Isabel Kershner in The New York Times:
JERUSALEM — The annual Israel Prize ceremony is supposed to be an august and unifying event, a beloved highlight of the Independence Day celebrations that fall on Thursday this year. This being Israel, it is rarely without controversy. The latest ruckus goes to the heart of the political divides and culture wars rocking the country’s liberal democratic foundations even as it remains lodged in a two-year leadership crisis. The prize is the state’s most prestigious honor, traditionally awarded to 10 or more citizens or organizations for outstanding contributions to the sciences, culture and society. The scandal began about a month ago, when Education Minister Yoav Gallant, whose ministry oversees the prize, refused to honor one winner, Oded Goldreich, a professor of mathematics and computer science at the Weizmann Institute of Science.
Mr. Gallant, from the conservative Likud party, asserts that Professor Goldreich supports the international, pro-Palestinian campaign to boycott Israel, even though the professor has said he is neutral on the issue — now a touchstone of the dominant right-wing camp’s test of loyalty and patriotism. Over the years, the Supreme Court has fielded requests from outside critics to disqualify several laureates from across the political spectrum. This year, unusually, the selection committee that chose Professor Goldreich itself turned to the Supreme Court to complain that Mr. Gallant had overstepped his authority: The education minister grants the prize but has no say over the committee’s choices.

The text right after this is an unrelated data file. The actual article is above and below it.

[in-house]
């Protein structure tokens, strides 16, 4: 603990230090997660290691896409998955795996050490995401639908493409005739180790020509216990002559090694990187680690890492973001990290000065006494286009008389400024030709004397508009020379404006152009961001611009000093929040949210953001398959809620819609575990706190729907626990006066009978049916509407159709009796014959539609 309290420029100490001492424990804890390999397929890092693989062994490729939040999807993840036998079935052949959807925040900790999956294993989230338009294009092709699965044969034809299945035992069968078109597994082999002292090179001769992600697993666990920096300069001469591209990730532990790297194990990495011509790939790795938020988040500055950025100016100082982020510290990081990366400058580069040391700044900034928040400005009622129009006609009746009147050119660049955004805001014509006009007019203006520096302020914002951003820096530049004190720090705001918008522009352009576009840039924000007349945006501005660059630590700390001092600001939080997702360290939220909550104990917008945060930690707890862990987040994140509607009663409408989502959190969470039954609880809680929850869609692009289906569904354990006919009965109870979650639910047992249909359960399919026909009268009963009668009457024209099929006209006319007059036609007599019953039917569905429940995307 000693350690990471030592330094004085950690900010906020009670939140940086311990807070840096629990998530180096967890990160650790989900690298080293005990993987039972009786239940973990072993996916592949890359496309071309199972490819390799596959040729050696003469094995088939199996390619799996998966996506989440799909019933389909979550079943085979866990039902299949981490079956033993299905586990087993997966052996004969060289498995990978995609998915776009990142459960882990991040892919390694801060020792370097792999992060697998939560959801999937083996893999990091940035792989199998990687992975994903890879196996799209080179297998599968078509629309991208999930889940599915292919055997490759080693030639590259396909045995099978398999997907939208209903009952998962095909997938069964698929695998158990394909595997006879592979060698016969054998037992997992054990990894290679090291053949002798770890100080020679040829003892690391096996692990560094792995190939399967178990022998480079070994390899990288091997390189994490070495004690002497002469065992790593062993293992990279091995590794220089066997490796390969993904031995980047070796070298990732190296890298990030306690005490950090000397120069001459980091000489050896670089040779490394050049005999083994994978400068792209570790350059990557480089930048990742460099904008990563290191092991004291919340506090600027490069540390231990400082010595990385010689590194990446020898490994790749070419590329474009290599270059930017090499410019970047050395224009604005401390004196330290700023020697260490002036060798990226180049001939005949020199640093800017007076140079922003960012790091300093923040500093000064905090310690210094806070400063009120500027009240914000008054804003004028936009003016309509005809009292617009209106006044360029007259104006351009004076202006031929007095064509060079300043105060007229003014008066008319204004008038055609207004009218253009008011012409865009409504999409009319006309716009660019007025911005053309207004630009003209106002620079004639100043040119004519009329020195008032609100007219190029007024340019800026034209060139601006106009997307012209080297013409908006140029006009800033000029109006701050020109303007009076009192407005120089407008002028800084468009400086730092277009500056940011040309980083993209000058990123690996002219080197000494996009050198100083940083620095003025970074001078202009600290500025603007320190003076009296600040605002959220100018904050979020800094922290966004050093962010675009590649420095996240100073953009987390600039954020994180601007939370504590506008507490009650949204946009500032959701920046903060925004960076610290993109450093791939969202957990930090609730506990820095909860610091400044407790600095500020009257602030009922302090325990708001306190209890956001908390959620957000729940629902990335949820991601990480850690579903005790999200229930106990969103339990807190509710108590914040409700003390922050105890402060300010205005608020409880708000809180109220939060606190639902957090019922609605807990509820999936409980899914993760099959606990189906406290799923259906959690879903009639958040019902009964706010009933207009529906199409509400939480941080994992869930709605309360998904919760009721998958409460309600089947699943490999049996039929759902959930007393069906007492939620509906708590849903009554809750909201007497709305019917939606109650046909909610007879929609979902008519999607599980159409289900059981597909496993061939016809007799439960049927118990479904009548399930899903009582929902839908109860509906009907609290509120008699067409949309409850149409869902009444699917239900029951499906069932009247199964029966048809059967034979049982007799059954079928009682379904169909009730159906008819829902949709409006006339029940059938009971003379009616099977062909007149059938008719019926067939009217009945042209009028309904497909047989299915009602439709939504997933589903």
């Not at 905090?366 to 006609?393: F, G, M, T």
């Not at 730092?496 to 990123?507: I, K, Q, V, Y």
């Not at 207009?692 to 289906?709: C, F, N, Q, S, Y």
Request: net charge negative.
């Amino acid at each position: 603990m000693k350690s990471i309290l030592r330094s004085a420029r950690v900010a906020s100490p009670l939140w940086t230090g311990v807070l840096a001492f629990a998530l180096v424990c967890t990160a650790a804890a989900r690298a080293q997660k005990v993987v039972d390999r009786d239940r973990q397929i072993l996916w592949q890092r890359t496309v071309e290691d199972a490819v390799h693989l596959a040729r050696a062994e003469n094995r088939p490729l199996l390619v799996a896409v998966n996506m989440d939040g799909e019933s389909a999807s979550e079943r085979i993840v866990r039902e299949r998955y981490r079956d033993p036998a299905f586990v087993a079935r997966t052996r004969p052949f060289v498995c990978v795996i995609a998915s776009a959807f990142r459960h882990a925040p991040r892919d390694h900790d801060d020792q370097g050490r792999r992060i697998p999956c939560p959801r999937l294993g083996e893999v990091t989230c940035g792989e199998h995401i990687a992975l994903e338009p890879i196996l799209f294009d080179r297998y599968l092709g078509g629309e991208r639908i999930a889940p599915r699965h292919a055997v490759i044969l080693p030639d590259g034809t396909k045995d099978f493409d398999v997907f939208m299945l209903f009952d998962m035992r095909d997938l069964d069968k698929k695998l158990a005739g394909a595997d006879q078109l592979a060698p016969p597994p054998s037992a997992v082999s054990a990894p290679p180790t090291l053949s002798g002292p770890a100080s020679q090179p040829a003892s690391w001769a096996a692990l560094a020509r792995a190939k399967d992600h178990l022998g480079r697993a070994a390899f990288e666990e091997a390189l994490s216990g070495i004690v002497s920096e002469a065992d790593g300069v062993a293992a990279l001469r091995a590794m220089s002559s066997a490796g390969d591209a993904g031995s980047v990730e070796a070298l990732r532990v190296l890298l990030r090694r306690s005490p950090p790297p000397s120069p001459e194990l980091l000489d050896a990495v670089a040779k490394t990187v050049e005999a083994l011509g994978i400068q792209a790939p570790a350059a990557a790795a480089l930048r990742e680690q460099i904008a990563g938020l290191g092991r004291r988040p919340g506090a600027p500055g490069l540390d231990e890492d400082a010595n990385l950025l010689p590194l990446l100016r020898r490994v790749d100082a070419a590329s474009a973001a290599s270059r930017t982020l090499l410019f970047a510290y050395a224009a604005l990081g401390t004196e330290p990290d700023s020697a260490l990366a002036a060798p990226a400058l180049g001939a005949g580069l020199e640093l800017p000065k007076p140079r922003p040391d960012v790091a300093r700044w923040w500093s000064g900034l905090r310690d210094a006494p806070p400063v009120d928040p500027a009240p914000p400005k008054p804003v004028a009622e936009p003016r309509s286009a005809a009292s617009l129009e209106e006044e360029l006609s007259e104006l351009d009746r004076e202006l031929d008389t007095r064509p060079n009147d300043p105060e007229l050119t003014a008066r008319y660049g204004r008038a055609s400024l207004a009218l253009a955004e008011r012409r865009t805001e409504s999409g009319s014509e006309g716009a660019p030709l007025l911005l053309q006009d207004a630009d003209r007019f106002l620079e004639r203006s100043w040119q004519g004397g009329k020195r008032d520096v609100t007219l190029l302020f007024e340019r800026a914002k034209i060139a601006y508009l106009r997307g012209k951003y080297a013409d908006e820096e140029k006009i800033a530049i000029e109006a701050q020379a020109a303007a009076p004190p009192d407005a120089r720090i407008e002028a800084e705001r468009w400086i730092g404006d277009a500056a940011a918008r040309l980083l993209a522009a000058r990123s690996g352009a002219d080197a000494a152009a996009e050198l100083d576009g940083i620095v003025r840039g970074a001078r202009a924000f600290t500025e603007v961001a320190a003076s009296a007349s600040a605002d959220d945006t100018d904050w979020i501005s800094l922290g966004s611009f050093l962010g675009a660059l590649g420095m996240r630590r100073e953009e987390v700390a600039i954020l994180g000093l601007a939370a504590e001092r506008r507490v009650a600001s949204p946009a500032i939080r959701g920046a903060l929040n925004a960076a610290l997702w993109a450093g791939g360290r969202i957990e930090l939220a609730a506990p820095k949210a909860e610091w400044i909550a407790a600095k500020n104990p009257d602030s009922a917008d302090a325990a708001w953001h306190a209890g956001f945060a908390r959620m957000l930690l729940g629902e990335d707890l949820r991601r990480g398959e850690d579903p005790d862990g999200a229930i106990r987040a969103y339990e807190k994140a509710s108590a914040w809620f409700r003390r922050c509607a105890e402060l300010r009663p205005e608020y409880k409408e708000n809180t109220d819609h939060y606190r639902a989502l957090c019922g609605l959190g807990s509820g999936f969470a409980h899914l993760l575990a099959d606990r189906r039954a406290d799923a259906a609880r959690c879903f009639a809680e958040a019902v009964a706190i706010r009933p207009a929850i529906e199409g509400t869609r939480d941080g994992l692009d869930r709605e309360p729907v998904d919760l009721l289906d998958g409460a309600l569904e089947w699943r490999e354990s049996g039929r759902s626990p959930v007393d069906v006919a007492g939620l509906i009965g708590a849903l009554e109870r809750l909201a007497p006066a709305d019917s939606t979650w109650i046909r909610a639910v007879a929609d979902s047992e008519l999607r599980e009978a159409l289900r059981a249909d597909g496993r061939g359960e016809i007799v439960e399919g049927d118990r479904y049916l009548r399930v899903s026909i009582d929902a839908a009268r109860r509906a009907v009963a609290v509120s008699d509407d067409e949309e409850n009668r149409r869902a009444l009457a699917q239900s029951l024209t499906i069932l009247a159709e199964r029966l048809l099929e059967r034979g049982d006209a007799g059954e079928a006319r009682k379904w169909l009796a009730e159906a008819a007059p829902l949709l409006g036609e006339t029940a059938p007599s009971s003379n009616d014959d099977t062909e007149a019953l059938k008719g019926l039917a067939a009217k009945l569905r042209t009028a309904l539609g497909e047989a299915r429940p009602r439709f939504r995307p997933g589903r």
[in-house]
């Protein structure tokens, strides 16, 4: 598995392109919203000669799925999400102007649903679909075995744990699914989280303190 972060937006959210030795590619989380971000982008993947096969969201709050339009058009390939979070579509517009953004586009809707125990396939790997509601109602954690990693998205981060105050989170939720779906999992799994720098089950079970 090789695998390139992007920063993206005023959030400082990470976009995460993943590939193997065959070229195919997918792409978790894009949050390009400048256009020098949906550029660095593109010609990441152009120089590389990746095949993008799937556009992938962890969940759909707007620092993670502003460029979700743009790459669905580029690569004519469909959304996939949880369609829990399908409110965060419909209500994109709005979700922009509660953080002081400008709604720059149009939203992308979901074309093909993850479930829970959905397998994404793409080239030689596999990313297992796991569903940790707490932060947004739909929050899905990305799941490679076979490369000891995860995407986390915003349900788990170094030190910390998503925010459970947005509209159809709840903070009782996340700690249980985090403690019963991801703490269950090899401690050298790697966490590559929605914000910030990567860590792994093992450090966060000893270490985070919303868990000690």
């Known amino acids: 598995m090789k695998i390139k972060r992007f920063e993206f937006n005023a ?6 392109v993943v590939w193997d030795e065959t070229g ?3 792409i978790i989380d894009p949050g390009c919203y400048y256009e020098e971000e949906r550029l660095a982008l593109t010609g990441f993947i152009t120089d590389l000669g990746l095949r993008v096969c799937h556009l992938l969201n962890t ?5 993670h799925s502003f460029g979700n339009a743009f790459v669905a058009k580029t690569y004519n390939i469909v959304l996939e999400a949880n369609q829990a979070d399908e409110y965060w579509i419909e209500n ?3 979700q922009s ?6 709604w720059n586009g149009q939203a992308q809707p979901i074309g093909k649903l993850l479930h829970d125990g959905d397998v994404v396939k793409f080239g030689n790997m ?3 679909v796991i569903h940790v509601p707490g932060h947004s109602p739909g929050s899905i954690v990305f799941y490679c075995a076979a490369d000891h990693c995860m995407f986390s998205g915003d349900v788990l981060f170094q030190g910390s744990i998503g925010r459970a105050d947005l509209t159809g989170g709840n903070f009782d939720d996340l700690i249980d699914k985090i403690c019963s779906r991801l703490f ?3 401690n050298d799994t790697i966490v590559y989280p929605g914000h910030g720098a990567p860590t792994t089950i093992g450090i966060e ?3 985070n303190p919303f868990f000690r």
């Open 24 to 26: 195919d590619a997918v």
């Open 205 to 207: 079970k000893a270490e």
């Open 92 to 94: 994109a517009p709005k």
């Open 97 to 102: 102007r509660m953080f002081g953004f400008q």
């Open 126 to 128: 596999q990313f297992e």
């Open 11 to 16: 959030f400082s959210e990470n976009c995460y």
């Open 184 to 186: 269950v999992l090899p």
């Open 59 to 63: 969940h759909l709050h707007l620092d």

“Once again, we are required, in what has turned into a repetitive ritual, to engage in the Israel Prize,” the panel of three judges lamented in a ruling issued last week. “Indeed,” they added, “it is regrettable that such a prestigious and renowned award and such a unifying and uplifting event as the Israel Prize ceremony has turned into an almost constant source of disagreement and division.”